“But the fruit of the Spirit is love, joy, peace, patience, kindness, goodness, faithfulness, gentleness, self-control; against such things there is no law.” (Gal 5:22-23 NAS)
“A rose by any other name would smell as sweet.” In this classic line spoken by Juliet in Shakespeare’s Romeo and Juliet, she is on her balcony, not knowing that Romeo is lurking in the bushes below. Juliet is bemoaning the fact that although she loves Romeo (Spiritual Formation), she has been taught that people with the name Montague (Spiritual Formation) are bad. She is beginning to see that this is a stupid point of view. Romeo (Spiritual Formation) is still the same guy, whatever his name is, just like a rose is still a rose if you call it something else.
Seventh-day Adventists practice spiritual formation every day; we just use different names to describe it. When we turn off the TV and silence our iphones to listen to the still small voice of God, like Elijah, we practice spiritual formation. When we carve out time to pray, three times per day like Daniel, we practice spiritual formation. When we sing psalms in church fellowship, like David, we practice spiritual formation. When we pray like Jesus that we maybe one with the Father as Jesus was one with the Father, we practice spiritual formation. When we “contemplate the life of Christ,” whether for one hour or ten minutes each day, like Ellen White, we practice spiritual formation.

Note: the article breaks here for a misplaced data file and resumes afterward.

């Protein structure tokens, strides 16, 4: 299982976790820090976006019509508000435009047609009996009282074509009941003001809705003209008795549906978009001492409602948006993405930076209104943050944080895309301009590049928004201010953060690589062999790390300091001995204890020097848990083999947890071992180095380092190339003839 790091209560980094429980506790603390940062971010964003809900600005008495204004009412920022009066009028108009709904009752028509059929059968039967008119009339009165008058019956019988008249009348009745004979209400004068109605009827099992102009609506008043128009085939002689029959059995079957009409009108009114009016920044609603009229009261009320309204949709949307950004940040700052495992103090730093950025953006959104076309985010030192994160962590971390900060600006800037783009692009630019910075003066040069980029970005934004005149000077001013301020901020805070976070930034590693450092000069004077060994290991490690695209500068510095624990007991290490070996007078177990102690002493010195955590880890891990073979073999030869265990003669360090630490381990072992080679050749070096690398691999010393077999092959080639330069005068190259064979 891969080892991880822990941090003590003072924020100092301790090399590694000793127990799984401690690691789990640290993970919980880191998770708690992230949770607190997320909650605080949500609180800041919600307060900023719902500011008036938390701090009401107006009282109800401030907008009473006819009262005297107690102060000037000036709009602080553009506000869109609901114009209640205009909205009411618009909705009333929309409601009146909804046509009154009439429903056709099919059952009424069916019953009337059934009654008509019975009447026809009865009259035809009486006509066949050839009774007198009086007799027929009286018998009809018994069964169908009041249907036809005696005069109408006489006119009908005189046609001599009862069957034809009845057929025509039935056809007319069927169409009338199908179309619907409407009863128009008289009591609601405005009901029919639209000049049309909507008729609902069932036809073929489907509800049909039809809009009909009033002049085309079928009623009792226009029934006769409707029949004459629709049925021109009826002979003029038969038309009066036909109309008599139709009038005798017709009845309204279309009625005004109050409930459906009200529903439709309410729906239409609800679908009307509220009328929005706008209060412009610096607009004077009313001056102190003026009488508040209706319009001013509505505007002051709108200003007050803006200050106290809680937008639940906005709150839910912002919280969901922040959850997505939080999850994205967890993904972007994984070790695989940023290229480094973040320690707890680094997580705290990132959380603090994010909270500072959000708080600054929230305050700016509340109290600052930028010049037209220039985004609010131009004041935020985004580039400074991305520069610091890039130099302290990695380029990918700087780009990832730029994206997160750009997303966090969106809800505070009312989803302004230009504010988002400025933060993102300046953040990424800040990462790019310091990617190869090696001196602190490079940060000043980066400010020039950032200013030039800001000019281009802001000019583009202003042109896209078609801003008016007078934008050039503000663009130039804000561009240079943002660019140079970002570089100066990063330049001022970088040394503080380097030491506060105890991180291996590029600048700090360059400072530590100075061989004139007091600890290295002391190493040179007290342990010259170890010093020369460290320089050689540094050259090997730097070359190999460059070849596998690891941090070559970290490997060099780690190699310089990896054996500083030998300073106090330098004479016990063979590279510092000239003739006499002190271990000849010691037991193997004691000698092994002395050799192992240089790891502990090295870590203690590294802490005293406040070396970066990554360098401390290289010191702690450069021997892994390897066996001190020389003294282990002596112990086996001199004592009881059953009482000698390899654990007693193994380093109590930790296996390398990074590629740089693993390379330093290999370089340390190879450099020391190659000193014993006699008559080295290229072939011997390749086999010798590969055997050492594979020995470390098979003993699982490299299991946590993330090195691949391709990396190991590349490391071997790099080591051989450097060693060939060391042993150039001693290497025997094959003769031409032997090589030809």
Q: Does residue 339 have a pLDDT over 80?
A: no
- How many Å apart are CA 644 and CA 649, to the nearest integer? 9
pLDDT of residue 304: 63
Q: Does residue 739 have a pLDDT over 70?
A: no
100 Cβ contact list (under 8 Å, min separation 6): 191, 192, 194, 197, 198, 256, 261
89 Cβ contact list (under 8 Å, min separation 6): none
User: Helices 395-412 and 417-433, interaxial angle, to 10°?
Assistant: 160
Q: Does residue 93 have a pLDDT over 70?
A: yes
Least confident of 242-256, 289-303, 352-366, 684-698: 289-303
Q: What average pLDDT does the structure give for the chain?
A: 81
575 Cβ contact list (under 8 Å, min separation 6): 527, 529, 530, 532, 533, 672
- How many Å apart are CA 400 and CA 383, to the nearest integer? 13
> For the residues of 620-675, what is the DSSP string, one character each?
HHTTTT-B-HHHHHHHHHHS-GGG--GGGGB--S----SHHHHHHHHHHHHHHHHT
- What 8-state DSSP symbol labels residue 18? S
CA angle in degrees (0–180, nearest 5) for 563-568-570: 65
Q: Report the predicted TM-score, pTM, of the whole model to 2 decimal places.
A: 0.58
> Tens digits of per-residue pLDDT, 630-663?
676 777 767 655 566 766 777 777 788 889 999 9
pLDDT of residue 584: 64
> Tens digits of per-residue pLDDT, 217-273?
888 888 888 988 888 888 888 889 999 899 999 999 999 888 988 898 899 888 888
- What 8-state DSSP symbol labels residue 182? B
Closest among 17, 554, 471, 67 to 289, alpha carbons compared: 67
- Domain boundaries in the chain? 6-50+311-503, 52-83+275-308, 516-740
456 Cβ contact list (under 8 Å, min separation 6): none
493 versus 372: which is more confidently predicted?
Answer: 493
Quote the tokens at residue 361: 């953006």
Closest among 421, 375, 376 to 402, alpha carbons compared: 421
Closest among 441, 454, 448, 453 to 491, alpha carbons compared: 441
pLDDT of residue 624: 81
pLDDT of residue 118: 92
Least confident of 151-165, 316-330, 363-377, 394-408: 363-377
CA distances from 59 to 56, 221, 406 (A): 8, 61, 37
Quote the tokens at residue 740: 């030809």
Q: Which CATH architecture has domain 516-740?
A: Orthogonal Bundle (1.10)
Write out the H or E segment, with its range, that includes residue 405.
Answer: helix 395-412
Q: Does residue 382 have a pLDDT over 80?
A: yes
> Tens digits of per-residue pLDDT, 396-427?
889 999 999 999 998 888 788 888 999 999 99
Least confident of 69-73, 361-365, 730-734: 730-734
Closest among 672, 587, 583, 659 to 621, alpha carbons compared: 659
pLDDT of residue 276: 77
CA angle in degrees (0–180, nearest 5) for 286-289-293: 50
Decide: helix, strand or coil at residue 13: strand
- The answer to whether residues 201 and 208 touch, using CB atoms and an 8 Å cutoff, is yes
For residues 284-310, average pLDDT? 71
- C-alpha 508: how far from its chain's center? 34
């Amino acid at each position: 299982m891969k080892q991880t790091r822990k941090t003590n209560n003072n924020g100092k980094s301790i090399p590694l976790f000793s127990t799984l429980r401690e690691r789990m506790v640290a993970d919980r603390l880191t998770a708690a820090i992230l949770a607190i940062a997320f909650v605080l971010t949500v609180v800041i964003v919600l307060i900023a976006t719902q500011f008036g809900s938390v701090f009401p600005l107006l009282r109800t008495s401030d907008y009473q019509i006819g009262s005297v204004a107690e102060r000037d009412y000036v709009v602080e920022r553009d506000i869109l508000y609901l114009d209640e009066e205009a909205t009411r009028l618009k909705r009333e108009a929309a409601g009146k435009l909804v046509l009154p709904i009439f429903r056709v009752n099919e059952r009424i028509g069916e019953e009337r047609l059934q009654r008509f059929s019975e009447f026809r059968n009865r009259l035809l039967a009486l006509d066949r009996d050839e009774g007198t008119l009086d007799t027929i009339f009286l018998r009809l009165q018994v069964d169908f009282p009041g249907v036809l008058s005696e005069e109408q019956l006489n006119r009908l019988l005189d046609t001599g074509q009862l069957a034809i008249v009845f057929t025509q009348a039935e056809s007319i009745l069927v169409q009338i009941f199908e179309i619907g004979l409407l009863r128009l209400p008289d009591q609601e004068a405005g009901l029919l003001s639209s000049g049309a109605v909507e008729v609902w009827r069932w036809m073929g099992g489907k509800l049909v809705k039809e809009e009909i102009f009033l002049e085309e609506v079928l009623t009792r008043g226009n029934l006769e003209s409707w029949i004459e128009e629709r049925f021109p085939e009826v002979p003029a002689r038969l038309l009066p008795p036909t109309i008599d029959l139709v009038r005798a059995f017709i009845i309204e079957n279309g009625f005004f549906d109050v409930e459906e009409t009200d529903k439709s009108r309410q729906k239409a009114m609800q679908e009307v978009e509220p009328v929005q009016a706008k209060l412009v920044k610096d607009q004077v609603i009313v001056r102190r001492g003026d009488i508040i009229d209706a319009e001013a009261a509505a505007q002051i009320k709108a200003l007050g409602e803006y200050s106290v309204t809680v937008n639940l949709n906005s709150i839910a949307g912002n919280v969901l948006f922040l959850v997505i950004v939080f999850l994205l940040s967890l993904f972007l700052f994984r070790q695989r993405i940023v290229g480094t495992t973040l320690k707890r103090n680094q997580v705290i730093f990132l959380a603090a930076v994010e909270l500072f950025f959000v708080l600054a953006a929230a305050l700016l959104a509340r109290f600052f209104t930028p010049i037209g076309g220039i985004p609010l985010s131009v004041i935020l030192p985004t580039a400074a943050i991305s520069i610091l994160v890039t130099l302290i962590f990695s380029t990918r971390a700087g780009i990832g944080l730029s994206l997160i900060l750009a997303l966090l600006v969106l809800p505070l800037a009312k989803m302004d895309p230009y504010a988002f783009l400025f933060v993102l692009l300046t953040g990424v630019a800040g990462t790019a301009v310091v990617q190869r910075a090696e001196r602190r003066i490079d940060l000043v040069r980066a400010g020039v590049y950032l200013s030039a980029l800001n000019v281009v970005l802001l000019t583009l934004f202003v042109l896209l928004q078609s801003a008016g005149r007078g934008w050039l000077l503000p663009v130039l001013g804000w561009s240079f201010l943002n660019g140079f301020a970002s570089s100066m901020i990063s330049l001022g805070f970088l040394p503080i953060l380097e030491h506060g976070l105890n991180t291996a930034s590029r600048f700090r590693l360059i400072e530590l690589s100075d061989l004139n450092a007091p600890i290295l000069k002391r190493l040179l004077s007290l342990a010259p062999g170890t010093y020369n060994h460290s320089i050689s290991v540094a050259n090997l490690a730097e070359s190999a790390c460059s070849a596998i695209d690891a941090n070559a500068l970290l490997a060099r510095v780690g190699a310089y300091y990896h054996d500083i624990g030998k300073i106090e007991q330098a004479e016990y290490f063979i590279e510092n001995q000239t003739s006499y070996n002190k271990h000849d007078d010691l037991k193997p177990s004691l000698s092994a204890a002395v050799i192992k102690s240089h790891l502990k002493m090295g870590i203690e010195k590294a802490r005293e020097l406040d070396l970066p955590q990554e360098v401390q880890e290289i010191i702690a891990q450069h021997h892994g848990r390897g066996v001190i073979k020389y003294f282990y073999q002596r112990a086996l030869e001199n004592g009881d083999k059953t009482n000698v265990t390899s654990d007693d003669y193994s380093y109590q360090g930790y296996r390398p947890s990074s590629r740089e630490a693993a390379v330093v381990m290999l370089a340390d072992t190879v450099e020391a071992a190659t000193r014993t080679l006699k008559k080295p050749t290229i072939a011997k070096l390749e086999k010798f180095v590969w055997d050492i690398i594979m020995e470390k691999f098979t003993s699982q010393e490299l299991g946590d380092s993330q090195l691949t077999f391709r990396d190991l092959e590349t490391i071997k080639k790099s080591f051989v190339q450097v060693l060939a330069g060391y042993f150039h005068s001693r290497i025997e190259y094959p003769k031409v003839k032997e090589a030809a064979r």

For Ellen White, contemplation moved beyond mere meditating on words and Biblical events toward entering a divine space where she, like the Apostle Paul, could acquire the mind of Christ. Ellen White describes this mystical union with Christ in the Desire of Ages:
“So the soul dead in trespasses and sins receives life through connection with Christ. By faith in Him as a personal Saviour the union is formed. The sinner unites his weakness to Christ’s strength, his emptiness to Christ’s fullness, his frailty to Christ’s enduring might. Then he has the mind of Christ. The humanity of Christ has touched our humanity, and our humanity has touched divinity. Thus through the agency of the Holy Spirit man becomes a partaker of the divine nature. He is accepted in the Beloved.”
Such focused contemplation on the life of Christ in the Gospels or seeking personal meaning from scripture through prayer in other Christian persuasions is sometimes called lectio divina. The differences are mostly semantic, in reality they express the same Adventist prayerful intent and disciplined desire to let scripture, Christ, prayer and the Holy Spirit transform our lives by God’s grace.
Spiritual Formation in its fullest dimension is very Adventist. While many evangelical churches concentrate on saving souls; Seventh-day Adventists believe that humans are not just souls; but whole body/soul/mind persons who come fully to God for relationship and worship.